|Credit: sleepinyourhat, Flickr Creative Commons|
“He who is loose and slack in his work is a brother to him who is a destroyer and he who does not use his endeavors to heal himself is a brother to him who commits suicide.” (bold emphasis mine)
So reads Proverbs 18:9 in the Amplified Bible, which also contains the following footnote: “This verse so reads in The Septuagint (Greek translation of the Old Testament). Its statement squarely addresses the problem of whether one has a moral right to neglect his body by ‘letting nature take its unhindered course’ in illness.”
Do we have the moral right to ignore our health and physical wellbeing? When people do so, especially in illness, are they essentially committing suicide? What a horrible thought, and yet, that does seem to be what this verse from Proverbs is saying. What do you think? Here are a few of my humble musings on the subject as I meditated on this Scripture.
Most of us believe in taking reasonable care of our physical bodies. While from time to time we can easily become couch potatoes and eat too much of the wrong foods, most of us also believe that some measure of exercise and a proper diet are the way to go. We believe that we shouldn’t smoke, or drink too much alcohol, and when we get sick, we believe that visiting our doctor is the right thing to do. After all, who wants to stay sick?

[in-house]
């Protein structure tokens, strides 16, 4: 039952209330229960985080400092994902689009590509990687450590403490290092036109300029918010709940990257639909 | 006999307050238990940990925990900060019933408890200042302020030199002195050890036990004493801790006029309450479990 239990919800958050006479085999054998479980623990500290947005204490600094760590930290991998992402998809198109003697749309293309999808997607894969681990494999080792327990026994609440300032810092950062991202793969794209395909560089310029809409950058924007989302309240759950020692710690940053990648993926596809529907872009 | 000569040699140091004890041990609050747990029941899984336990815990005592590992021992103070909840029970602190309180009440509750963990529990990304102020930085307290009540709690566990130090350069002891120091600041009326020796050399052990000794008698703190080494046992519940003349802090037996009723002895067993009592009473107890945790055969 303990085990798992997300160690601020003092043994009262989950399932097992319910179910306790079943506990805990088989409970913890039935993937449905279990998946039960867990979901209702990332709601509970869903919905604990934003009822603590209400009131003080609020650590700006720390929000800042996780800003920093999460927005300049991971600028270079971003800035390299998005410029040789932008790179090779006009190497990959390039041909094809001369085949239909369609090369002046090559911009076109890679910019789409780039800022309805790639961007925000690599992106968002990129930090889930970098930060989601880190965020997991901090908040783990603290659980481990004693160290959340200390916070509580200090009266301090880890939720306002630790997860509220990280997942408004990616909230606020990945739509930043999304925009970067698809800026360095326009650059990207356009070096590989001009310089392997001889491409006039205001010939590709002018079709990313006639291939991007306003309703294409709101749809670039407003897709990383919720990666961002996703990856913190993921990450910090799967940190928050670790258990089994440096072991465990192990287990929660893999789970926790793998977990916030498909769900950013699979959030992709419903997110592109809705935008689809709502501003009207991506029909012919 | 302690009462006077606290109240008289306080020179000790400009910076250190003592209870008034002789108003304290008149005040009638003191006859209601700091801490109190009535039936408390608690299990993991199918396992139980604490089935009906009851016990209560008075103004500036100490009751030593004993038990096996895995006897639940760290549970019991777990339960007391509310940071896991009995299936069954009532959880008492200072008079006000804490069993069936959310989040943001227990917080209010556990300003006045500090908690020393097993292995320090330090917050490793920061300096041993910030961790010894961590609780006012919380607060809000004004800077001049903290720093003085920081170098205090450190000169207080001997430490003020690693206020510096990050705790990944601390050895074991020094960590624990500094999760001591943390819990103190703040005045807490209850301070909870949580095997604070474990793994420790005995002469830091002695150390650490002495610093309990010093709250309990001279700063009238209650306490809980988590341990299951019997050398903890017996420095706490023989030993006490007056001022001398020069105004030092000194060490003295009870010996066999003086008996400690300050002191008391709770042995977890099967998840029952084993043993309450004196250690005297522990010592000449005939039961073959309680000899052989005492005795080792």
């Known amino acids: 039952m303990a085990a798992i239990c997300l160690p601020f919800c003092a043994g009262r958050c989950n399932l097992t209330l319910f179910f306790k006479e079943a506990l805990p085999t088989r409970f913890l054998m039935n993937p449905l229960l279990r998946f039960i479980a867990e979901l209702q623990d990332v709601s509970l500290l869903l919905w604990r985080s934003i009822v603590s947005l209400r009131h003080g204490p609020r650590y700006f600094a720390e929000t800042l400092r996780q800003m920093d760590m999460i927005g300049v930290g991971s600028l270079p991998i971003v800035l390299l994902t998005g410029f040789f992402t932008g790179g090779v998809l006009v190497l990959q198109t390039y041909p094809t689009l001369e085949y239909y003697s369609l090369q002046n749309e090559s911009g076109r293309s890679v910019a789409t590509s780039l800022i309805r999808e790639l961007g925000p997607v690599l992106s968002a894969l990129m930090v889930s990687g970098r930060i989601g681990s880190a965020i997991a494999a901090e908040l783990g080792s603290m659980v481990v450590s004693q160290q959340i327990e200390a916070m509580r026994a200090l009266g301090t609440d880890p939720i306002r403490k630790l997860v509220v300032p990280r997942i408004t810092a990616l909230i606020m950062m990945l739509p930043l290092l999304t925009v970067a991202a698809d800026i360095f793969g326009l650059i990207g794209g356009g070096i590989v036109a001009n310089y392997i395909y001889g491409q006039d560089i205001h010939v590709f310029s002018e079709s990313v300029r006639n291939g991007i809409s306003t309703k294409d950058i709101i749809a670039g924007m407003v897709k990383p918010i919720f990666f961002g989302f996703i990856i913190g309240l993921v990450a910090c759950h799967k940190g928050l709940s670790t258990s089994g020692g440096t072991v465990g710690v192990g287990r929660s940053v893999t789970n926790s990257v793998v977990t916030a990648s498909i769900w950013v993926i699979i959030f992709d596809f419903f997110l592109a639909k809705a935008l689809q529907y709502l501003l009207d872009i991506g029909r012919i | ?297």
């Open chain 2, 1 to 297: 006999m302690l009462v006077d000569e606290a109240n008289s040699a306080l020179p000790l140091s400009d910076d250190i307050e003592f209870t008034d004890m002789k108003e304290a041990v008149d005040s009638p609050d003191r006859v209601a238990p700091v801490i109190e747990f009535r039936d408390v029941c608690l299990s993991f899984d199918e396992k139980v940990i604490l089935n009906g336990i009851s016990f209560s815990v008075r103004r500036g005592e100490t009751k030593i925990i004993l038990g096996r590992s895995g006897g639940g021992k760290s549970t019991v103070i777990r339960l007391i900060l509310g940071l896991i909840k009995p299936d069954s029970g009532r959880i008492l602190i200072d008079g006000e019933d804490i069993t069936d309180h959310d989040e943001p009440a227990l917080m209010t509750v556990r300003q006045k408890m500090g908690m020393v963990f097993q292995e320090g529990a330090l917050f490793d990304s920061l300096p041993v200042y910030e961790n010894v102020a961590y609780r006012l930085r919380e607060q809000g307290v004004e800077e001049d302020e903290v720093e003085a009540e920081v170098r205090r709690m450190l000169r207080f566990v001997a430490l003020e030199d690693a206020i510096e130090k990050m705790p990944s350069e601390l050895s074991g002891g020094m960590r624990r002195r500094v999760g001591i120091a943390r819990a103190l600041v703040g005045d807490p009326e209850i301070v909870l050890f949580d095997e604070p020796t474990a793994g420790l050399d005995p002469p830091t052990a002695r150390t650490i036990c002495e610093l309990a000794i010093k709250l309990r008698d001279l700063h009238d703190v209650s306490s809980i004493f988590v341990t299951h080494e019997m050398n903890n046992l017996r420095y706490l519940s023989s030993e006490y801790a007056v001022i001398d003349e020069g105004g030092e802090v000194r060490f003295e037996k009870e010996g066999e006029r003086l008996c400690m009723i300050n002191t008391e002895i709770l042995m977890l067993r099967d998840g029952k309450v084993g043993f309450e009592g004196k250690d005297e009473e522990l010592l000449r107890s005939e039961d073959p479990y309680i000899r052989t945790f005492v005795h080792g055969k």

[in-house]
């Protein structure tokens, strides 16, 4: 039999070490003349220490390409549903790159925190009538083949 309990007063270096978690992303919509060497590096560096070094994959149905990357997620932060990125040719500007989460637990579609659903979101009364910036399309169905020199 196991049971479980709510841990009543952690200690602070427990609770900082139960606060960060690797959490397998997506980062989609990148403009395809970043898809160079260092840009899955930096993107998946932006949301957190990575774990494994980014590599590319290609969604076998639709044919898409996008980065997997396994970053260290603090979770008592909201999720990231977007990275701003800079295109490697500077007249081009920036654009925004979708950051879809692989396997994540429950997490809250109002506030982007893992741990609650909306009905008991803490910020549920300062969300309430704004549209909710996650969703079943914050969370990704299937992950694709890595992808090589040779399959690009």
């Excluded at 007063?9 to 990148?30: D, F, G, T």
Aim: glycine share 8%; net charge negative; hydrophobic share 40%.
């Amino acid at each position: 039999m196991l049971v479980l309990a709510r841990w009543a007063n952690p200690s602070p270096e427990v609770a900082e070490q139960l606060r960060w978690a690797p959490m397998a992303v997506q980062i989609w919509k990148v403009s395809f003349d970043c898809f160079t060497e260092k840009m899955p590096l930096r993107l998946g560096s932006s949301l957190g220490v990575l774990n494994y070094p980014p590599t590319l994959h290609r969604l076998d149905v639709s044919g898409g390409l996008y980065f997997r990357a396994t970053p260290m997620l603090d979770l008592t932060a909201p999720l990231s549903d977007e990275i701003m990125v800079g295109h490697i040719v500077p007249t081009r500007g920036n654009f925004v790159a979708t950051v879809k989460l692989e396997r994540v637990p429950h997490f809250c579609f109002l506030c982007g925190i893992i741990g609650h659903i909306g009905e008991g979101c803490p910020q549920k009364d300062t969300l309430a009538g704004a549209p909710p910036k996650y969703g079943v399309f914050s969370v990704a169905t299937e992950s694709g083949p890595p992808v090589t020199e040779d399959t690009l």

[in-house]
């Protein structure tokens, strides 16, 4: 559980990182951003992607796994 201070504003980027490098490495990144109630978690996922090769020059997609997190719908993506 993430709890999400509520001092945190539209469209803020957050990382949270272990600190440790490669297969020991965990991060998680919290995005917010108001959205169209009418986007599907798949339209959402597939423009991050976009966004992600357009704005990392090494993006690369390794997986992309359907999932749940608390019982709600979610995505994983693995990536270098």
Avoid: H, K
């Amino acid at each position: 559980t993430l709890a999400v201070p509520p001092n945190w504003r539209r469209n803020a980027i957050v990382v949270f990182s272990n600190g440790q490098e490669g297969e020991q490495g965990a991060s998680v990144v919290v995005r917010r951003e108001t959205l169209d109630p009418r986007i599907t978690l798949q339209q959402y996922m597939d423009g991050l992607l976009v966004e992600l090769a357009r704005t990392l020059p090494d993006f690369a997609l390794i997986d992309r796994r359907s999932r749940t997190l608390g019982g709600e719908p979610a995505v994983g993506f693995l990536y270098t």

But as I read this verse, I was reminded of some folks who are known for their rejection of certain medical procedures (such as blood transfusions) on faith and religious grounds. So-called “faith healers” also come to mind. I am not suggesting that we should not have faith for healing; of course we should. I would even argue that it is to the Lord that we should turn first for healing, but I also recognize that His way of healing, while sometimes miraculous, is also often through the guidance of the medical practitioner.
Having said that, there is an interesting story of King Asa who was chastised for only going to see the doctors about his ailment, and not to the Lord. It reads, “In the thirty-ninth year of his reign Asa was afflicted with a disease in his feet. Though his disease was severe, even in his illness he did not seek help from the Lord, but only from the physicians” (2 Chronicles 16:12; NIV). Soon afterwards, he died.
So much for the doctor’s help! Would he have lived had he gone to the Lord for healing? The Bible doesn’t tell us that, so we don’t really know.
There was another Old Testament king by the name of Hezekiah. He too had a life-threatening illness. The prophet Isaiah went to him and told him to put his house in order because he was about to die. Hezekiah cried out to the Lord for healing, and God answered his prayer for healing and added fifteen more years to his life. God then directed Isaiah with the preparation of medicine through which to bring about the healing (2 Kings 20: 1-7).
It seems clear that God expects His children to come to Him first with their health concerns, but He also brings healing through the medical community and the prayerful intervention of His saints.
Fast forward to the New Testament.
The Apostle Paul said, “Do you not know that your body is the temple (the very sanctuary) of the Holy Spirit Who lives within you, Whom you have received [as a Gift] from God? You are not your own. You were bought with a price [purchased with a preciousness and paid for, made His own]. So then, honor God and bring glory to Him in your body” (1 Corinthians 6: 19-20; Amplified)
Going back to Proverbs, are we toying with suicide when we deliberately ignore our health? Perhaps more importantly, are we desecrating the temple of the Holy Spirit when we simply let nature take its unhindered course with regards to our health?
Are we killing ourselves? Maybe that's a little extreme, but then again ...